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A Superforecaster is a person who makes forecasts which are aggregated and scored, where the individual proves to be consistently more accurate than the general public or experts. Superforecasters sometimes use modern analytical and statistical methodologies augment estimates of base rates of events. Research finds that they are typically more accurate than experts in the field who do not use those techniques.[1]


The term is a combination of the words super meaning "above average" and forecaster meaning one who suggests an outcome that might occur in the future.


Origins of the term are attributed to Philip E. Tetlock with results from The Good Judgment Project and subsequent book with Dan Gardner Superforecasting: The Art and Science of Prediction.[2]

In December 2019 a Central Intelligence Agency analyst writing under the pseudonym "Bobby W." suggested the Intelligence community should study superforecaster research on how certain individuals with "particular traits" are better forecasters and how they should be leveraged.[3]

In February 2020 Dominic Cummings agreed with Tetlock and others in implying that study of superforecasting was more effective than listening to political pundits.[4]



Superforecasters estimate a probability of an occurrence, and review the estimate when circumstances contributing to the estimate change. This is based on both personal impressions, public data, and incorporating input from other superforecasters, but attempts to remove bias in their estimates.[5] In The Good Judgment Project one set of forecasters were given training on how to translate their understandings into a probabilistic forecast, summarised into an acronym "CHAMP" for Comparisons, Historical trends, Average opinions, Mathematical models, and Predictable biases.[6]


As part of The Good Judgment Project one group was given training in the "CHAMP" methodology and it was claimed this increased forecasting accuracy.[6] During the Superforecasters appear to have varying degrees of success: Bloomberg noting a poor prediction of 23% for a leave vote in the month of the June 2016 Brexit referendum; while the BBC notes collectively Superforecasters may have accurately predicted Donald Trump's success in 2016 primaries.[7] Aid agencies are using superforecasting to determine to the probability of droughts becoming famines.[1]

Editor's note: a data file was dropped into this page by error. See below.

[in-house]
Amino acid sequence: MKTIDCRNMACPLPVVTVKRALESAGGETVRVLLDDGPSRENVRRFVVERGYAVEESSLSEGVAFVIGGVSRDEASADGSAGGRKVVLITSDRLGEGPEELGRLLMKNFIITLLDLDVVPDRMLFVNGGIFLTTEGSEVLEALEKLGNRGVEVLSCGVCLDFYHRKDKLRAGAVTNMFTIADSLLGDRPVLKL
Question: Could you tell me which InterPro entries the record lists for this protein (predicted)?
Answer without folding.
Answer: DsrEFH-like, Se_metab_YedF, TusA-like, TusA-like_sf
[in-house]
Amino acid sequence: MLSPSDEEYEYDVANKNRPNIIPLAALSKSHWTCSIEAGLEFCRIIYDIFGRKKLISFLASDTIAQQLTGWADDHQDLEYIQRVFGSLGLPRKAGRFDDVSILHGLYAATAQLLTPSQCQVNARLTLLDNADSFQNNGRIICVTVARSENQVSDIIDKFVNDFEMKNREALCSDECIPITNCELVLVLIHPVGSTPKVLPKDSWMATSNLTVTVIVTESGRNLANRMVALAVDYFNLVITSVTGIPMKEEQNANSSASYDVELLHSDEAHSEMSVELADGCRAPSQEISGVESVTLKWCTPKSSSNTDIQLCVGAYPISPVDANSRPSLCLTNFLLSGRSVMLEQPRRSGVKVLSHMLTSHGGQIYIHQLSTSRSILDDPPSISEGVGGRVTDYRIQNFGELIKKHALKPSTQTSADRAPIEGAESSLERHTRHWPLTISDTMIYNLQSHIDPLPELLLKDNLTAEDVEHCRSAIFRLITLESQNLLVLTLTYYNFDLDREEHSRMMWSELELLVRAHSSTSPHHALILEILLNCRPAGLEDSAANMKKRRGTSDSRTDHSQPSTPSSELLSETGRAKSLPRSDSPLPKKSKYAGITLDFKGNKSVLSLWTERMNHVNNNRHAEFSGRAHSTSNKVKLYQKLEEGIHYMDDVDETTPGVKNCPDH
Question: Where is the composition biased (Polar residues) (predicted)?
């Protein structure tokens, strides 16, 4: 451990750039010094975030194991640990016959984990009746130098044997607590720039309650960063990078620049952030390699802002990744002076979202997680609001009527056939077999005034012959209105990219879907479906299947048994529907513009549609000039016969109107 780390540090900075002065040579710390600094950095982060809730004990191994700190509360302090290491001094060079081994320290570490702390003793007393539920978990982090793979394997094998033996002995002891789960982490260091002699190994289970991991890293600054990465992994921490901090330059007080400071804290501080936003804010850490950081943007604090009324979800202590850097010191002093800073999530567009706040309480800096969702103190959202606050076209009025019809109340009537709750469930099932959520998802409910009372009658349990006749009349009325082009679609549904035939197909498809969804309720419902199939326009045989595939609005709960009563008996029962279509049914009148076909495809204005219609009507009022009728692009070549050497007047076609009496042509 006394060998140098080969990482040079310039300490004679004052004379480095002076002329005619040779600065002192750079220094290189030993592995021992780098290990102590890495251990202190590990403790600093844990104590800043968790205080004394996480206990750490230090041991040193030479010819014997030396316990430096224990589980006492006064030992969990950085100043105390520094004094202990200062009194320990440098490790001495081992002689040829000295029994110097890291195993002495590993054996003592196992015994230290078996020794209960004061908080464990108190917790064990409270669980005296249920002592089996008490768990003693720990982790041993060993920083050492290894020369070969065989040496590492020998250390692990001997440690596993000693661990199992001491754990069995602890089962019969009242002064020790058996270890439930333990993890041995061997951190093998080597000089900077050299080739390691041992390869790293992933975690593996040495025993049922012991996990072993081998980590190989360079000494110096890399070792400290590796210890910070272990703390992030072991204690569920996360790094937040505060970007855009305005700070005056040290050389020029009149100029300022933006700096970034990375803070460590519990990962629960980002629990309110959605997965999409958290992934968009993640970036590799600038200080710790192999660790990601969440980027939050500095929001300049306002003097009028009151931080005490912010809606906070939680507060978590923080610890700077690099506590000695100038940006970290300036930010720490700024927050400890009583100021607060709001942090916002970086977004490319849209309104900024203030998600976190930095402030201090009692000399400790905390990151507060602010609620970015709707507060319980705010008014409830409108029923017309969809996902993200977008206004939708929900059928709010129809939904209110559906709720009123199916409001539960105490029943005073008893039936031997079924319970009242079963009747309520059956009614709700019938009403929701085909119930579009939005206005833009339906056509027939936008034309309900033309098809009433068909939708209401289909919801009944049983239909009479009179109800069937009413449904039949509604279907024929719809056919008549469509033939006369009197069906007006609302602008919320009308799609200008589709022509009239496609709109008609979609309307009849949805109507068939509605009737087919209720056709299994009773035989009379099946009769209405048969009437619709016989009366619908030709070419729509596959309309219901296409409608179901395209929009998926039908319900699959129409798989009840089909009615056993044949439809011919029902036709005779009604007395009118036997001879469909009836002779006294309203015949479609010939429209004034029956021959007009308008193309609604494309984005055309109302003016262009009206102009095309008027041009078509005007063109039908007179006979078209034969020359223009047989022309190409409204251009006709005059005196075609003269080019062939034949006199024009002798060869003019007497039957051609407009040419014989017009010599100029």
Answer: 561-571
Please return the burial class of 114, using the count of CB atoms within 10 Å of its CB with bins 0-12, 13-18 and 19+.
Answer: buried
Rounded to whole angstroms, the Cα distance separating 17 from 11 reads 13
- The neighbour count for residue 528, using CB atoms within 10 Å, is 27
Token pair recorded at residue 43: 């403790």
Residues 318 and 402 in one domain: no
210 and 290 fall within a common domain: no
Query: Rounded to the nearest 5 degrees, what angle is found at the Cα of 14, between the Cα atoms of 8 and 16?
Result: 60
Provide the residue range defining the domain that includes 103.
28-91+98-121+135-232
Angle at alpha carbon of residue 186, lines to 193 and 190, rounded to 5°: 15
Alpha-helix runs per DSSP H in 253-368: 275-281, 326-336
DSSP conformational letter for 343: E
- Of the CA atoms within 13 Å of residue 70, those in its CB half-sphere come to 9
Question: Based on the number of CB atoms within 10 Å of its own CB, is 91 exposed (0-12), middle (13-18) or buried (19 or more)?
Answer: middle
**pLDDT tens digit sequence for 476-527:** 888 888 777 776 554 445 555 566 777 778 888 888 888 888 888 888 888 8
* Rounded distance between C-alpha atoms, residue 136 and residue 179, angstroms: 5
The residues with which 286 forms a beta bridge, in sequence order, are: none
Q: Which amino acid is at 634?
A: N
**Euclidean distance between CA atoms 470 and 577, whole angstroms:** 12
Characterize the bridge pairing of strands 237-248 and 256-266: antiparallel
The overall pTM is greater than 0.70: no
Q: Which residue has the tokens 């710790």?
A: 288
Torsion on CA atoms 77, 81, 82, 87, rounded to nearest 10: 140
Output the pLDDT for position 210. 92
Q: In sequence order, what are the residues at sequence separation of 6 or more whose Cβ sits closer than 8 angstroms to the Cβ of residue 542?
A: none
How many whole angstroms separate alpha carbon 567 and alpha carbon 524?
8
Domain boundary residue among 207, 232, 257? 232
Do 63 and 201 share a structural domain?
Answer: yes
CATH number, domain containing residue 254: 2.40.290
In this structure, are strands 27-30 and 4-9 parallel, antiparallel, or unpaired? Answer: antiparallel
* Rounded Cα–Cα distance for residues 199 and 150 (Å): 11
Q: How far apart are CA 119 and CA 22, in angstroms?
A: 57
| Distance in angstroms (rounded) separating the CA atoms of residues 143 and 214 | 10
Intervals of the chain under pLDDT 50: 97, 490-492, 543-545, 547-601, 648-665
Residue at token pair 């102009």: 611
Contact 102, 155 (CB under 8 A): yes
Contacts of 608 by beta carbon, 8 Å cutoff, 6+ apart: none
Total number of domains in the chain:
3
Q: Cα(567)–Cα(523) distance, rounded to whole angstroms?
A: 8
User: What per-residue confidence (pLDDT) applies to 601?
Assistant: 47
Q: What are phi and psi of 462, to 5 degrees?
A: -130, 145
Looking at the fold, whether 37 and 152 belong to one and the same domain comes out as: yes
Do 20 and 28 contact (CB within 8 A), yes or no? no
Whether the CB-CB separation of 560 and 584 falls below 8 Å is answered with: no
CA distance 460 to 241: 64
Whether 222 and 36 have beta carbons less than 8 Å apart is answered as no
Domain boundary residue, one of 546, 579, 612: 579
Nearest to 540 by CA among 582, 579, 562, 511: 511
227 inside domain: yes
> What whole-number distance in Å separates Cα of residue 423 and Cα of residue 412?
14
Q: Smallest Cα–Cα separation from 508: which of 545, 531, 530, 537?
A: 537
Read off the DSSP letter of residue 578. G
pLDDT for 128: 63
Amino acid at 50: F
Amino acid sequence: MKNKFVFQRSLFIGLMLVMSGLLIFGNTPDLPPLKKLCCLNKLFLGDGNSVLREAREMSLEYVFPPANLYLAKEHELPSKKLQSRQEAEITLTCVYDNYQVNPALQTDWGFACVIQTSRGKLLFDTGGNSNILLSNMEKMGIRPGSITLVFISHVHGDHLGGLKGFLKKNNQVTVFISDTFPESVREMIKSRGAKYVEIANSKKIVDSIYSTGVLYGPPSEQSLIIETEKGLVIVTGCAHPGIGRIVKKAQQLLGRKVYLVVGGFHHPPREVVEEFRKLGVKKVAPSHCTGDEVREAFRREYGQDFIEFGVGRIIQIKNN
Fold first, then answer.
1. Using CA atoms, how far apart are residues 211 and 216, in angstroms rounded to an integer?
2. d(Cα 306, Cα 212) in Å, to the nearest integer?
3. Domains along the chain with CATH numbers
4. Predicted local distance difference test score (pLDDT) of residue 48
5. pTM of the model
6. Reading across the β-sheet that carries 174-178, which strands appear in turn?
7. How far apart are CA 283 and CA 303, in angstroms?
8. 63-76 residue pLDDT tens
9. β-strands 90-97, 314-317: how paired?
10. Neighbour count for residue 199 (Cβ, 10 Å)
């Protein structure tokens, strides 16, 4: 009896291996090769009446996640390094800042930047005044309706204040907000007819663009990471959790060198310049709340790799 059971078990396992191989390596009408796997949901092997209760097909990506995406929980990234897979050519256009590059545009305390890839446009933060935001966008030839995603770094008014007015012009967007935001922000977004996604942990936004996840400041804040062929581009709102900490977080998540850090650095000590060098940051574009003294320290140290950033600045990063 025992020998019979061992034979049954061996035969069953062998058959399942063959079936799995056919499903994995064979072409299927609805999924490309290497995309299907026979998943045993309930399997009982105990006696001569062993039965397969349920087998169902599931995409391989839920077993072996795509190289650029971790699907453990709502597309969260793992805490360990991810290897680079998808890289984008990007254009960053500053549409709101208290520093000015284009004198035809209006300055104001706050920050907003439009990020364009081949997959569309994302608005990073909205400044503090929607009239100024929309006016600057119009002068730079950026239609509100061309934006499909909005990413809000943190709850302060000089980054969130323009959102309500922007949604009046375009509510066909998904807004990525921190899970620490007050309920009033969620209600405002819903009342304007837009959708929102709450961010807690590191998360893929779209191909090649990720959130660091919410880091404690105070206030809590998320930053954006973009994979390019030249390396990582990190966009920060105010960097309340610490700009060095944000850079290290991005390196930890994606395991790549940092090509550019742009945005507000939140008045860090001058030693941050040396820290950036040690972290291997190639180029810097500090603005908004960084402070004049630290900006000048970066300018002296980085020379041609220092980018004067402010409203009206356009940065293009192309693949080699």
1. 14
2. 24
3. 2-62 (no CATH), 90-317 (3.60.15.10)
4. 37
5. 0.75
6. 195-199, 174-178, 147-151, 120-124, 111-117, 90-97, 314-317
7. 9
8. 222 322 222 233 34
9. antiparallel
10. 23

One of Tetlock's findings from The Good Judgment Project was that superforecasters personality traits rather than specialised knowledge allowed them to predict the outcome of various world events typically more accurately than intelligence agencies.[8]


  • Elaine Rich, a "certified" superforecaster who participated in the Good Judgement Project.[9]
  • Andrew Sabisky, a self proclaimed superforecaster, resigned from his position as advisor to the United Kingdom government at Downing Street, with chief advisor Dominic Cummings telling journalists "read Philip Tetlock's Superforecasters, instead of political pundits who don't know what they're talking about".[4]


  1. ^ a b Adonis (2020).
  2. ^ Tetlock & Gardner (2015).
  3. ^ Bobby W. (2019), p. 14.
  4. ^ a b BBC News (2020).
  5. ^ BBC News (2020), What is the science behind it?.
  6. ^ a b Harford (2014), How to be a superforecaster.
  7. ^ BBC News (2020), How successful is it?.
  8. ^ Burton (2015).
  9. ^ Nilaya (2015), Guests.
  • Adonis, Andrew (20 February 2020). "In praise of (some) superforecasters". The New European. Archived from the original on 20 February 2020. Retrieved 20 February 2020.
  • BBC News (18 February 2020). "Andrew Sabisky: What is superforecasting?". BBC News. Archived from the original on 18 February 2020. Retrieved 18 February 2020.
  • Bobby W. (December 2019). "The Limits of Prediction—or, How I Learned to Stop Worrying About Black Swans and Love Analysis" (PDF). Studies in Intelligence. 63 (4). Archived (PDF) from the original on 19 February 2020.
  • Burton, Tara Isabella (20 January 2015). "Could you be a 'super-forecaster'?". BBC. Archived from the original on 19 February 2020. Retrieved 19 February 2020.
  • Harford, Tim (5 September 2014). "How to see into the future". Financial Times Magazine. FT Group. Archived from the original on 23 September 2019. Retrieved 18 February 2020.
  • Nilaya, Josh (29 September 2015). "U.S. Intelligence Dabbles in Forecasting the Future". Connecticut Public Radio Home. Archived from the original on 11 January 2019. Retrieved 21 February 2020.

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